I'm loving Nursing School, how about you?

  1. OK, we have all the nursing school horror stories on here, lets post a few stories of the other side. I know I'm not the only one who is having a great experience at nursing school, so let's here the stories!

    I'll start:

    At my school, by the time you have finished your pre-reqs you have heard enough horror stories about the nursing program to make you want to go somewhere, anywhere, else for the nursing classes. I just tried to not draw any conclusion until I could see for myself, and now I am so glad I did. :wink2: I'm really enjoying the program, it's not half as bad as "they" said it was. Yes, it is a tough program, but it's also known in the area for being the best school in the area. We have people who daily commute over 2 hours each way to get to school, bypassing other nursing schools in the process, because they want a degree from our school. I guess all the hospitals around here really like to hire graduates from our school because of its reputation. Plus, they told us that 100% of their LPN grads have passed the NCLEX. I guess if you can pass their classes, you can pass anything. They have about 30 people start a year, and last year they graduated 13 from the ADN program! Now, some people stopped after the first year (which you can do), and got their LPN license instead of going on for their RN, but still...

    It is a tough program, classes started on a Tuesday with a four-hour lecture, and Thursday we had our first test. In five weeks of classes we have had: 7 lecture exams, 4 quizzes, 1 written assignment due, and 4 lab checkoffs. Plus, this is the "easy" part of the semester! In two weeks, one of our classes (Foundations) ends, we pick up two more classes (Med math and Professions), AND our clinicals start. We will have clinicals three days a week, then classes two days. Three classes, plus clinicals ought to keep us busy enough, don't you think?

    However, despite the hard work I'm loving the program. The material is really interesting, especially the deeper we get into it. Pathophysiology of various diseases is one of my specialties! Good thing too...

    The professors are great, despite all the horror stories that go around about them. Yes, they are busy (who isn't?), but they always have enough time for a quick question. They have been great as far as office time also. If you think you aren't doing as well as you would like to (or need to) be doing, they will sit down with you and help you figure out what is going wrong. They will go over your prevous tests with you, they will help you understand the lecture material better, they will get you a private tutor, whatever they can to help you. A far cry from the horror stories I heard told about these same professors.

    Plus, they have a great sense of humor that makes it all easier. In lab especially, last week we were practicing NG tube insertion on the mannikins, and the one professor kept coming to the end of the bed and making the sound effects :roll The only problem was he was so realistic about it that one of the students kept getting that certain funny look on her face!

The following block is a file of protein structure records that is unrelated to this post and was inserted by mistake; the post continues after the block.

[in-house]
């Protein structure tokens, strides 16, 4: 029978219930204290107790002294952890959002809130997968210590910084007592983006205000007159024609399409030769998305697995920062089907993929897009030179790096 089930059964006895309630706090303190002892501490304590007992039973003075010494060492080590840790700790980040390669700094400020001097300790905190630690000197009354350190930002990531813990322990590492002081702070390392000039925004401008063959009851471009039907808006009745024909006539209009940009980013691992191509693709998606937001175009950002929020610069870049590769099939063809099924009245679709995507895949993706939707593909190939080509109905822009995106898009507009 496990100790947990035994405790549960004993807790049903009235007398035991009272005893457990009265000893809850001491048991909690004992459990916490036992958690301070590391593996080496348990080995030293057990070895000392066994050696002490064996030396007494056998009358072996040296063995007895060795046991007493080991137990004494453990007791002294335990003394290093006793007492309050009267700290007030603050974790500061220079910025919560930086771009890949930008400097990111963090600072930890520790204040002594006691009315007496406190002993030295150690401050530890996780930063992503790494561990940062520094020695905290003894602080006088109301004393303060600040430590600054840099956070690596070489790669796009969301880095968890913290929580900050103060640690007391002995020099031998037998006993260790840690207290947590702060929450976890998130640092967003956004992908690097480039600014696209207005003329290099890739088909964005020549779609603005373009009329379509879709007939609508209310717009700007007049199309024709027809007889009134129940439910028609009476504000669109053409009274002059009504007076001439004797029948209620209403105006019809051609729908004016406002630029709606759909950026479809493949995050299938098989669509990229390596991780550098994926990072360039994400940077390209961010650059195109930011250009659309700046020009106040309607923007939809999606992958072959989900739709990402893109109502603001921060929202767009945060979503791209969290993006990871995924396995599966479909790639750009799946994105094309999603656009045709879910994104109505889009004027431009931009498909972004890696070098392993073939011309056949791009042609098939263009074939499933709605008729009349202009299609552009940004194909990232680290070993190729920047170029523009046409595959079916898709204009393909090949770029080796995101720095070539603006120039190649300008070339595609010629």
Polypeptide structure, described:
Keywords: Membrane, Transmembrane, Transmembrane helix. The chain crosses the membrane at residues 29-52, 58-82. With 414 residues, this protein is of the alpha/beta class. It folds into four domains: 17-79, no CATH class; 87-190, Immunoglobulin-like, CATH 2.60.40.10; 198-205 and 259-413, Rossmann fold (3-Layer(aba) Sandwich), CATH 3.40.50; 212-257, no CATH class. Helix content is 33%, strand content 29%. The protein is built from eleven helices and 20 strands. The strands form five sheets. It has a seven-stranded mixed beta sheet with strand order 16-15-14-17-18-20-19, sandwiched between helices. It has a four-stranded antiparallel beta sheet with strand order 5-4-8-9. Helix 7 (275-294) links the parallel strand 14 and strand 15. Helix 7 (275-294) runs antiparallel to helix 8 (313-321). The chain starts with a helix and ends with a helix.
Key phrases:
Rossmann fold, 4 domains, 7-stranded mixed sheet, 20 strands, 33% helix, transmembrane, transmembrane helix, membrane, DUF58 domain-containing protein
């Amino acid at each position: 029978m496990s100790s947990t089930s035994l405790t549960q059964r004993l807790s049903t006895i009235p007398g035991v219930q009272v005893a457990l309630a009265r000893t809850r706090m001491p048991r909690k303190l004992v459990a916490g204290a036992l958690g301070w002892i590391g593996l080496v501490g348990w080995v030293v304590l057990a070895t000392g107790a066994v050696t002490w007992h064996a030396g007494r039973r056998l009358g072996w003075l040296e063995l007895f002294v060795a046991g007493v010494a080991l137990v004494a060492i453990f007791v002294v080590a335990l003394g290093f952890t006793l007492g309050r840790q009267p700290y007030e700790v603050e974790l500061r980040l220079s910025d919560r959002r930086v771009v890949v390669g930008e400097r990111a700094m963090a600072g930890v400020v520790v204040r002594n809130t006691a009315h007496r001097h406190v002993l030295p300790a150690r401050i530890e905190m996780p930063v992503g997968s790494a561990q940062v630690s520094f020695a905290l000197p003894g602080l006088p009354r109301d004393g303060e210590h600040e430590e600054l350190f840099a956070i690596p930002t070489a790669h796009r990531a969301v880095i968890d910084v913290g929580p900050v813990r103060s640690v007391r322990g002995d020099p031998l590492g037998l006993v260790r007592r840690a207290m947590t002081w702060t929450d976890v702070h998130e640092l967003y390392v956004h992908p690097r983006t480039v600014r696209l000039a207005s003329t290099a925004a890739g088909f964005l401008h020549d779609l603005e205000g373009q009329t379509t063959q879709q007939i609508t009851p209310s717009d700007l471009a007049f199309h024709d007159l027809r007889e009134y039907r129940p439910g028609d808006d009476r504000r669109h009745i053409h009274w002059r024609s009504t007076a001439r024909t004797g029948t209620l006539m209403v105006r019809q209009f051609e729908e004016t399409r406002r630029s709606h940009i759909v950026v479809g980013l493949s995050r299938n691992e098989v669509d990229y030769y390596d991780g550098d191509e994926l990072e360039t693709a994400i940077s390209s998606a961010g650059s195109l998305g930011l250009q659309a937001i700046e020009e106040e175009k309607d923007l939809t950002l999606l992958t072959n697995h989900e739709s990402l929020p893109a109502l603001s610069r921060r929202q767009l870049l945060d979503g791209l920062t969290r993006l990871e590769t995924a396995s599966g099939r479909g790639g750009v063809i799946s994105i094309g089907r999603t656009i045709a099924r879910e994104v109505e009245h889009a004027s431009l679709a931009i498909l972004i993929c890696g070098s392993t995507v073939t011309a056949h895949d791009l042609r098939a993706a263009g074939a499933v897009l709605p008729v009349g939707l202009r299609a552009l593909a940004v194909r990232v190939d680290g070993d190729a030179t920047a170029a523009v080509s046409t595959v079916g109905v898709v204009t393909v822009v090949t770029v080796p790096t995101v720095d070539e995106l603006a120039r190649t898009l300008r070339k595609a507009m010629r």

We haven't started clinicals yet, but I can't wait until we do. It's going to be so much fun to actual get to do what we are learning in class and practicing in lab. I'm a hands-on learner so I think that getting into the clinical setting will hopefully help some of the concepts "click" better.

    So, on top of being in class generally 4-8 hours a day, five days a week right now, I am also peer tutoring! My friends say I'm crazy, but I just tell them that it helps me too. In our school, we have a program where the students who are doing better in a class can get paid to help the students who are doing poorly in the class. You have to get a professor recommendation in order to do this. It is two hours a week per student, and right now I have 2 students. I have tutored almost every single semester I've been at school, so this is nothing new for me. It really does help me learn the material better. So, call me crazy, but it helps!

    Right now I am passing all my classes, which is more than many in my class are doing, so I'm very thankful for that. Yes, it does take ALL my time: I eat, breathe, and sleep nursing, but it is definately worth it. :lol_hitti As far as sleep goes, What IS that? and who has any time for it? Certainly not me!!! But, when it is all over I will be very glad for everything I have learned.

    I did have to get a rolling backpack, carrying all those heavy books around was giving me permant scoliosis. :wink2: So, I got a rolling backpack which works for right now. However, I live in the north so when the snow hits, its back to the regular backpack as the rolling one won't roll throught the snow.

    I'm in my first year of actual nursing classes, after next summer semester I can take my LPN exam if I want to. It's one year to your LPN, and then one more year to your RN. At this point I think I'm going to go right on and get my RN right away.

    So, how are your classes going? Let's hear the sucess stories and cheer up the poor students who are behind us hearing all our failures and horror stories.
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  2. 9 Comments

  3. by   sydie
    I'm loving it as well...